Public hospital-based level I trauma centers: Financial survival in the new millennium

Don Selzer, G. A. Gomez, L. Jacobson, T. Wischmeyer, Rajiv Sood, T. Broadie

Research output: Contribution to journalArticle

41 Citations (Scopus)

Abstract

Background: The medical benefits of trauma centers have been well documented; studies have reported substantial financial losses attributed to trauma care. This study demonstrates the dependence of Level I trauma centers on Disproportionate Share Hospital (DSH) governmental funds and tax dollars. Furthermore, specific injury groups have greater dependence on these funds. Methods: Records of 553 trauma patients admitted to a public urban Level I trauma center during a 6-month period were reviewed. Patients were grouped according to blunt, penetrating, and thermal injuries. Data for each group included charges, costs, payments, and the source of reimbursement. Profit and loss margins were compared with and without government funds. Results: With diminished DSH funds and tax dollars, a net loss over $2.1 million was incurred. The greatest disparity originates from Medicaid, self-pay, and prisoner patient groups. Inclusion of government funds provided a positive return of over $600,000. Conclusion: The financial stability of urban public Level I trauma centers without additional funding is tenuous because of a high proportion of uninsured and underinsured patients. Government tax dollars and DSH funds are required for their continued solvency.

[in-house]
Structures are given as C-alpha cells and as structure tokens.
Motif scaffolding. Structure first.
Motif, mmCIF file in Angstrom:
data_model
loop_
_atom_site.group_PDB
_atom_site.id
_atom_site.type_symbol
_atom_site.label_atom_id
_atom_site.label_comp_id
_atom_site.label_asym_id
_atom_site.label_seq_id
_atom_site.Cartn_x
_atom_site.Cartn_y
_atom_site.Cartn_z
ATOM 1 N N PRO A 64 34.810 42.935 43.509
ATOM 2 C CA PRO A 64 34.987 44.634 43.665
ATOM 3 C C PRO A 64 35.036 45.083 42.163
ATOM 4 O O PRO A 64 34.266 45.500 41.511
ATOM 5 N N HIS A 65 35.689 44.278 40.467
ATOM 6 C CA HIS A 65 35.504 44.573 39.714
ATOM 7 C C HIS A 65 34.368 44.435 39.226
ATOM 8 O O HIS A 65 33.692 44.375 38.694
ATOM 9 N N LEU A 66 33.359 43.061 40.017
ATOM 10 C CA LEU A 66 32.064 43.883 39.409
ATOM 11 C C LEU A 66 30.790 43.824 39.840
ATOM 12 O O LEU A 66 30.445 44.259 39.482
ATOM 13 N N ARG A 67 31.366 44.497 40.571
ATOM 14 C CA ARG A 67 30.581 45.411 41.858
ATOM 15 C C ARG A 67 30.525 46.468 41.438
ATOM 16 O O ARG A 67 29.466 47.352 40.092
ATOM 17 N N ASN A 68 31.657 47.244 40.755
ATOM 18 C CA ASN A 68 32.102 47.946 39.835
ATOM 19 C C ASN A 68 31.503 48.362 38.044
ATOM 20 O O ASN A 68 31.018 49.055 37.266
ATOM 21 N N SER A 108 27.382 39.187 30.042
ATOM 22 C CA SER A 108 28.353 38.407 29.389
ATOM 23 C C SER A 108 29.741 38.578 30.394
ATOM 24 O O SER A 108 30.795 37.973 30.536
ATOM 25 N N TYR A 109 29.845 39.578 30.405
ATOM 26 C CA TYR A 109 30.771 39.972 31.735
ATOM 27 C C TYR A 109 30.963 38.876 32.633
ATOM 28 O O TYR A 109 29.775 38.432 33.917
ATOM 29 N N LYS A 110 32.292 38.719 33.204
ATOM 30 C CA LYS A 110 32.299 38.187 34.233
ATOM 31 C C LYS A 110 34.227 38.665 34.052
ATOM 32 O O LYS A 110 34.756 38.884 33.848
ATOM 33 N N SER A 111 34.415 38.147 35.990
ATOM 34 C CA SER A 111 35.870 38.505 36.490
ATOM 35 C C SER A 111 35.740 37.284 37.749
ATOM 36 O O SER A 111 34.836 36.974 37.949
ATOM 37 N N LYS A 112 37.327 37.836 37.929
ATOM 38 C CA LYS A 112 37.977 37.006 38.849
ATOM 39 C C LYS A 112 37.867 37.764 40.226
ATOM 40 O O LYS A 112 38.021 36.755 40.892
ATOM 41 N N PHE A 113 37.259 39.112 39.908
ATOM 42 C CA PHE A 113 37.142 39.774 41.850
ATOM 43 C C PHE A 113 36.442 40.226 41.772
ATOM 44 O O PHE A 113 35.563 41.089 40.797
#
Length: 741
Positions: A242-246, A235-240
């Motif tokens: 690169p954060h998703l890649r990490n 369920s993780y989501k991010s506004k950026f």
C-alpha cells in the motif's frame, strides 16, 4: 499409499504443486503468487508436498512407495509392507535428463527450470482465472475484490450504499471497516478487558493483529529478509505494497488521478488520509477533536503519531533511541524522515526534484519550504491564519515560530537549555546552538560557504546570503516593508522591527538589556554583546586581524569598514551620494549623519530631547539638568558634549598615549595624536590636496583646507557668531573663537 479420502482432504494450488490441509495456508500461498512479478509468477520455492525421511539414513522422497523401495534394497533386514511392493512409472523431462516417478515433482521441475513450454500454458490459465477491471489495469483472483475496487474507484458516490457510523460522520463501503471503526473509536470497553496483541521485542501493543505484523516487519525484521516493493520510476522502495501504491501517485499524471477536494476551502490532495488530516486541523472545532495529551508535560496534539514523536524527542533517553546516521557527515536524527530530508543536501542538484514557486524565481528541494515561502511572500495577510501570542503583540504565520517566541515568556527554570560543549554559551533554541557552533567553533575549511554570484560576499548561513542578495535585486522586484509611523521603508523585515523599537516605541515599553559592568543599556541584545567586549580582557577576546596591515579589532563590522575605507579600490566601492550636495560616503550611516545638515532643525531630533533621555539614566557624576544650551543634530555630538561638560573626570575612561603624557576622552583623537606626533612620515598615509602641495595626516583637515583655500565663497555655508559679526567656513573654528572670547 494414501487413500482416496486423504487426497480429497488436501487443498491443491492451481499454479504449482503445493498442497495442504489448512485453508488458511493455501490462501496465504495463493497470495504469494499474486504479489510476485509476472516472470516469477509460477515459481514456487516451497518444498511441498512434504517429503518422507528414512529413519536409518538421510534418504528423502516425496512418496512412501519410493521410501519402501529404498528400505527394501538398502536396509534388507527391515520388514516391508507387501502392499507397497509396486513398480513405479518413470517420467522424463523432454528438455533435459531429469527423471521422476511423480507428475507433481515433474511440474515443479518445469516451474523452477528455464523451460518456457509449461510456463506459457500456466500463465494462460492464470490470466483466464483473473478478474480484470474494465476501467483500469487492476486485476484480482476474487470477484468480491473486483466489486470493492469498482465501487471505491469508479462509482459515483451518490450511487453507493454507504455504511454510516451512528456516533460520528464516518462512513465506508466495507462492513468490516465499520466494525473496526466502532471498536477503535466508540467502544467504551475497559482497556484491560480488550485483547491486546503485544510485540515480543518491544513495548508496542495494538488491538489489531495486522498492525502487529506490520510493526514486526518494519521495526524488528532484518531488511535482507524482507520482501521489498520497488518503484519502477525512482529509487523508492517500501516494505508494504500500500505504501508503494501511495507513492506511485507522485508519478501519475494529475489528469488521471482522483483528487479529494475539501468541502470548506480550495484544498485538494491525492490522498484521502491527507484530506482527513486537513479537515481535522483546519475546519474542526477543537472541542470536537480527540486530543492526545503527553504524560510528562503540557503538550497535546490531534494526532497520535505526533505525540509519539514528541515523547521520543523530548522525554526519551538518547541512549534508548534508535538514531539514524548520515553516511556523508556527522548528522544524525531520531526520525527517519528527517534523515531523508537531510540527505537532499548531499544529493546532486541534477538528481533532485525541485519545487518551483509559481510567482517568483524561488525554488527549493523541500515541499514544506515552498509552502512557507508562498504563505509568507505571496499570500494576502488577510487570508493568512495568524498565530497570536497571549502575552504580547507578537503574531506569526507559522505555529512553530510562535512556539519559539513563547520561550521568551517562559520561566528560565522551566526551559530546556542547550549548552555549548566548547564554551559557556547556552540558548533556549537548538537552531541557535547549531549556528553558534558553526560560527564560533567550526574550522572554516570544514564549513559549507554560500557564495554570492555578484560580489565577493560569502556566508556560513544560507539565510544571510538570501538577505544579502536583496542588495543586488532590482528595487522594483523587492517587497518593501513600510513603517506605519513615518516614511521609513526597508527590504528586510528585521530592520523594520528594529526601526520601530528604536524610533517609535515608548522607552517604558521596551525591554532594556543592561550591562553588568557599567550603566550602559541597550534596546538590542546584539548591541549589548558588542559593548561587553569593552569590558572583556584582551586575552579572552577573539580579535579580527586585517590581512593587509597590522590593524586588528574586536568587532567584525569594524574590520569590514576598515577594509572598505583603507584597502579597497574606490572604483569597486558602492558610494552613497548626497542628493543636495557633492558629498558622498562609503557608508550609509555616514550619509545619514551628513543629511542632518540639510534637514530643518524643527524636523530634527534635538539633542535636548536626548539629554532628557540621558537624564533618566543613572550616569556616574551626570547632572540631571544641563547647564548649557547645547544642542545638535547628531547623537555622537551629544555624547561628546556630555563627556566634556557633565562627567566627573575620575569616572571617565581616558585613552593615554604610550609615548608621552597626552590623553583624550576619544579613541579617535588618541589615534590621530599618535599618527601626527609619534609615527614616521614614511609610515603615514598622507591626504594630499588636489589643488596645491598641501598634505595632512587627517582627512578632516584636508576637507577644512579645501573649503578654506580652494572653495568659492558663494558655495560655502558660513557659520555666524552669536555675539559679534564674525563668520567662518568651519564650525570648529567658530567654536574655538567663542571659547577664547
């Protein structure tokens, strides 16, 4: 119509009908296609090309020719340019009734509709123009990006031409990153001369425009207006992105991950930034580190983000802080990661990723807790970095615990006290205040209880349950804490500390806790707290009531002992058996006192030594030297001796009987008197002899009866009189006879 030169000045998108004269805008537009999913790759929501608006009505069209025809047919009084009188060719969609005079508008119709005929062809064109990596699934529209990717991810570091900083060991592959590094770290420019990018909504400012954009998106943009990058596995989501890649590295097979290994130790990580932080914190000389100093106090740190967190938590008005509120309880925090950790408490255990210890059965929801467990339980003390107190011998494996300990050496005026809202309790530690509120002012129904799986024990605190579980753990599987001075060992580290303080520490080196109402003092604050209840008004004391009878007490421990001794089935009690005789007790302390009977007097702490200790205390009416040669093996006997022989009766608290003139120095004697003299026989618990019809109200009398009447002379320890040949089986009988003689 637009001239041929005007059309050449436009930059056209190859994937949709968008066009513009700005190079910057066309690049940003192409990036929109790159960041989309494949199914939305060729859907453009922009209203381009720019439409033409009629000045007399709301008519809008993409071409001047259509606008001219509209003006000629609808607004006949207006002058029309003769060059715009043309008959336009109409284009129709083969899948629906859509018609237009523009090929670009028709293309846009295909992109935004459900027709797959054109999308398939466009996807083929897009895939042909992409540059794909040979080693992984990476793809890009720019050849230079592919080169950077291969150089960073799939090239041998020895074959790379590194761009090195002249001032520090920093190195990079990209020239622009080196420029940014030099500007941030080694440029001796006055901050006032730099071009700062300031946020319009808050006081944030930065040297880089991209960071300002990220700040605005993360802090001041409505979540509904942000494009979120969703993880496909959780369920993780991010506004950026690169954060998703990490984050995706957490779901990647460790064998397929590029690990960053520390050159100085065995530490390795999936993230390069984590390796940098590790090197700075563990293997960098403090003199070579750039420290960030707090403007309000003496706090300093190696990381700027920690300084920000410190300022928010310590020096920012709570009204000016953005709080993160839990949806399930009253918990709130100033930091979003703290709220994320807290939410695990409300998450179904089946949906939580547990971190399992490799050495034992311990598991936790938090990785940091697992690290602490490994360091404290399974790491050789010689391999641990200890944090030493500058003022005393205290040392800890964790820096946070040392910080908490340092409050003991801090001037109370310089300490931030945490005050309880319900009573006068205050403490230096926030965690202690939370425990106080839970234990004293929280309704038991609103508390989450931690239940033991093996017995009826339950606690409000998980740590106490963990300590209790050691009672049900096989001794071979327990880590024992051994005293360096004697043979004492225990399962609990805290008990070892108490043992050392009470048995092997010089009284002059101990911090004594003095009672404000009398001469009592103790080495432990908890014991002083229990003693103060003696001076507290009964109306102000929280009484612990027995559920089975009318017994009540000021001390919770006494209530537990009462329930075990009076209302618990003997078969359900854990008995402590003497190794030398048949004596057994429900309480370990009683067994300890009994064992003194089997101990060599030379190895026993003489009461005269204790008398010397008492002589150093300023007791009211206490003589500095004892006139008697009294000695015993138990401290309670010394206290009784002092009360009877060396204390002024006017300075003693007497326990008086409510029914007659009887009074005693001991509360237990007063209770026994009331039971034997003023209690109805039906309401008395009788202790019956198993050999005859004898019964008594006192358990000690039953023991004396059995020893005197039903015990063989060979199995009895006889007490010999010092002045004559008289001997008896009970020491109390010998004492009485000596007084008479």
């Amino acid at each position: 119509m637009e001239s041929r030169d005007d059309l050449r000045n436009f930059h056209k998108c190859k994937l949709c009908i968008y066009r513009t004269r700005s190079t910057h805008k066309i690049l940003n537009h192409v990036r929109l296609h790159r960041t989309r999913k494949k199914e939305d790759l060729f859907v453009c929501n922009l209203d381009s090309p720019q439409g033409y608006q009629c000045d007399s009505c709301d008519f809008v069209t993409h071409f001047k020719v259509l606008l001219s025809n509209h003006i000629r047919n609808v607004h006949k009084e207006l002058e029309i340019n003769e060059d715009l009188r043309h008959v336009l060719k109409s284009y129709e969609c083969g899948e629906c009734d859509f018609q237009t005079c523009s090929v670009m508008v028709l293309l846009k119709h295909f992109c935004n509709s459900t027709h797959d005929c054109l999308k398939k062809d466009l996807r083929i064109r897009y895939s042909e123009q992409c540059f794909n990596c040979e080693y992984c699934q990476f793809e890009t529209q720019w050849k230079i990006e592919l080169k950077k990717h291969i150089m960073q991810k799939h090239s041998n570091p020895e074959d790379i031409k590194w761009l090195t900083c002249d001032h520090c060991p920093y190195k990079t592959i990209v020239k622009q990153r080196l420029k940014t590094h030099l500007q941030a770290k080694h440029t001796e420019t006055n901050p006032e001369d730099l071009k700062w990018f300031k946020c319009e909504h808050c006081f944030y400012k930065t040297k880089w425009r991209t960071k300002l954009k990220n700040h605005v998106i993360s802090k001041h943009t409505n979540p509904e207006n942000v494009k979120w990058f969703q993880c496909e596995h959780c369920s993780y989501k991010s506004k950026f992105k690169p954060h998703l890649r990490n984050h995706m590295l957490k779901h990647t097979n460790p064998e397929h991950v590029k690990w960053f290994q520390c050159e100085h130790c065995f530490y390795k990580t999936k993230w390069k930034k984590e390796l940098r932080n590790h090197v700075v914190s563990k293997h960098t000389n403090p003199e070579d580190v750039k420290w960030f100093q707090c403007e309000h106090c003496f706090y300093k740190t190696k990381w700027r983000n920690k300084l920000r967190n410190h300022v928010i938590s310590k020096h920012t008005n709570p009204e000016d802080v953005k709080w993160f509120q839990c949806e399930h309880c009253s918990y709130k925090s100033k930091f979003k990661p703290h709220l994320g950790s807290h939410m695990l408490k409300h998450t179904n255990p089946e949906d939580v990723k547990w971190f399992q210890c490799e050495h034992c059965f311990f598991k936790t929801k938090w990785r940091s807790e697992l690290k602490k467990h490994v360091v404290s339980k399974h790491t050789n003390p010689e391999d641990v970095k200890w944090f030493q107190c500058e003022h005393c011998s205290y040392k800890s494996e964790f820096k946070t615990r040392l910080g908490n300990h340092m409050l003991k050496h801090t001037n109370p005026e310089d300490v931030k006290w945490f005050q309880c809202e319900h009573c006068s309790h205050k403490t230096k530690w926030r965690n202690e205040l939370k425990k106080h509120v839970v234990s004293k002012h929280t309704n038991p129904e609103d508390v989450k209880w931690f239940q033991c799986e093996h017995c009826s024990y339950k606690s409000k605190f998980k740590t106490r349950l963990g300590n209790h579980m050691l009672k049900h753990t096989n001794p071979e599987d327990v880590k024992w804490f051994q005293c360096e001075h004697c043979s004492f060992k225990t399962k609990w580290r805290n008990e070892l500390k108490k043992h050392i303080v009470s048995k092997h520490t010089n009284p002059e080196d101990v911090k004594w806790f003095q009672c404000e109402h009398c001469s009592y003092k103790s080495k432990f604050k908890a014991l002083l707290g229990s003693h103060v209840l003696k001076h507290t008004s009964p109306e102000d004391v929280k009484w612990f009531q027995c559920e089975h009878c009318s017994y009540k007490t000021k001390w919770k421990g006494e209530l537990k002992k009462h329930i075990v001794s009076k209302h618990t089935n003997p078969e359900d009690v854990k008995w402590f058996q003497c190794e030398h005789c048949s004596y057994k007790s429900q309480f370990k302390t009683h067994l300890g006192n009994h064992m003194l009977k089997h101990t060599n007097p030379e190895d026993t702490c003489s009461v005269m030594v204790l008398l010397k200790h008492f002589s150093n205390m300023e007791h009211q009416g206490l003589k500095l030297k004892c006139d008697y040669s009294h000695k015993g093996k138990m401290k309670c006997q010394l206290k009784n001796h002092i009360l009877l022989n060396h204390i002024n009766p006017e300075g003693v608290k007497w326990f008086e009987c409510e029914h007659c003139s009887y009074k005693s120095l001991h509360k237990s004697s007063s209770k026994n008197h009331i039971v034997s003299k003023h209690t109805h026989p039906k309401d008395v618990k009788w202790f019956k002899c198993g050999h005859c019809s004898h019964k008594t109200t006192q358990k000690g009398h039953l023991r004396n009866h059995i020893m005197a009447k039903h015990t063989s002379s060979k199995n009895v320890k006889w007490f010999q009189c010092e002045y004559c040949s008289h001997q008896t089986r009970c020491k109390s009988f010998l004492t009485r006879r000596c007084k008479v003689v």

Original languageEnglish
Pages (from-to)301-307
Number of pages7
JournalJournal of Trauma - Injury, Infection and Critical Care
Volume51
Issue number2
StatePublished - 2001

Fingerprint

Trauma Centers
Public Hospitals
Financial Management
Survival
Taxes
Wounds and Injuries
Prisoners
Medicaid
Hot Temperature
Costs and Cost Analysis

Keywords

  • Disproportionate share (DSH) funds
  • Health care costs
  • Level I trauma centers
  • Tax dollars

ASJC Scopus subject areas

  • Surgery

Cite this

Public hospital-based level I trauma centers : Financial survival in the new millennium. / Selzer, Don; Gomez, G. A.; Jacobson, L.; Wischmeyer, T.; Sood, Rajiv; Broadie, T.

In: Journal of Trauma - Injury, Infection and Critical Care, Vol. 51, No. 2, 2001, p. 301-307.

Research output: Contribution to journalArticle

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